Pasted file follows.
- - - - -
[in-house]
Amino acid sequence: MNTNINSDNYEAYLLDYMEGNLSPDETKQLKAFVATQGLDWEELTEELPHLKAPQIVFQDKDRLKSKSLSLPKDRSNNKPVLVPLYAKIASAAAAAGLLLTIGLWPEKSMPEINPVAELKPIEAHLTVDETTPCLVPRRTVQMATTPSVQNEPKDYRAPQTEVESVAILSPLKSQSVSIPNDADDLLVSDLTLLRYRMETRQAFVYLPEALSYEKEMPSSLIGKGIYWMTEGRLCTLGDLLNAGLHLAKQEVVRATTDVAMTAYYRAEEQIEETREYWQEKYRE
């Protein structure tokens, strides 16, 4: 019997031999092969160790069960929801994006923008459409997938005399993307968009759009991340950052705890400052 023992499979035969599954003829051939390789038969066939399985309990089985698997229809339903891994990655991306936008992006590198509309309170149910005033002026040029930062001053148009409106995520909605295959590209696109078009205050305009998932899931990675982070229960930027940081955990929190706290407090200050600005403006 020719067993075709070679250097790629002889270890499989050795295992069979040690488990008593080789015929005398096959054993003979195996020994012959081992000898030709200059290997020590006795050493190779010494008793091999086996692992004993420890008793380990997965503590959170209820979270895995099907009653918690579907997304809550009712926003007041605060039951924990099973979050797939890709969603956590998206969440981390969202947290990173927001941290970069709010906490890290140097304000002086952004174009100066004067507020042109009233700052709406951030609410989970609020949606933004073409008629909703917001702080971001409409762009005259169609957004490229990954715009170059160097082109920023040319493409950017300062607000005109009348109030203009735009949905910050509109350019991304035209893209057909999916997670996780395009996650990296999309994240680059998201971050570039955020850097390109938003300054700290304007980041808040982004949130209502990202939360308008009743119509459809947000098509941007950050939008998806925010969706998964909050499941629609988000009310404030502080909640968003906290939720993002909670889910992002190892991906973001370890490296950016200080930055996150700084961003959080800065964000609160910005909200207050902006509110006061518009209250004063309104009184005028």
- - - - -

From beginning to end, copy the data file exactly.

[in-house]
Amino acid sequence: MNTNINSDNYEAYLLDYMEGNLSPDETKQLKAFVATQGLDWEELTEELPHLKAPQIVFQDKDRLKSKSLSLPKDRSNNKPVLVPLYAKIASAAAAAGLLLTIGLWPEKSMPEINPVAELKPIEAHLTVDETTPCLVPRRTVQMATTPSVQNEPKDYRAPQTEVESVAILSPLKSQSVSIPNDADDLLVSDLTLLRYRMETRQAFVYLPEALSYEKEMPSSLIGKGIYWMTEGRLCTLGDLLNAGLHLAKQEVVRATTDVAMTAYYRAEEQIEETREYWQEKYRE
């Protein structure tokens, strides 16, 4: 019997031999092969160790069960929801994006923008459409997938005399993307968009759009991340950052705890400052 023992499979035969599954003829051939390789038969066939399985309990089985698997229809339903891994990655991306936008992006590198509309309170149910005033002026040029930062001053148009409106995520909605295959590209696109078009205050305009998932899931990675982070229960930027940081955990929190706290407090200050600005403006 020719067993075709070679250097790629002889270890499989050795295992069979040690488990008593080789015929005398096959054993003979195996020994012959081992000898030709200059290997020590006795050493190779010494008793091999086996692992004993420890008793380990997965503590959170209820979270895995099907009653918690579907997304809550009712926003007041605060039951924990099973979050797939890709969603956590998206969440981390969202947290990173927001941290970069709010906490890290140097304000002086952004174009100066004067507020042109009233700052709406951030609410989970609020949606933004073409008629909703917001702080971001409409762009005259169609957004490229990954715009170059160097082109920023040319493409950017300062607000005109009348109030203009735009949905910050509109350019991304035209893209057909999916997670996780395009996650990296999309994240680059998201971050570039955020850097390109938003300054700290304007980041808040982004949130209502990202939360308008009743119509459809947000098509941007950050939008998806925010969706998964909050499941629609988000009310404030502080909640968003906290939720993002909670889910992002190892991906973001370890490296950016200080930055996150700084961003959080800065964000609160910005909200207050902006509110006061518009209250004063309104009184005028």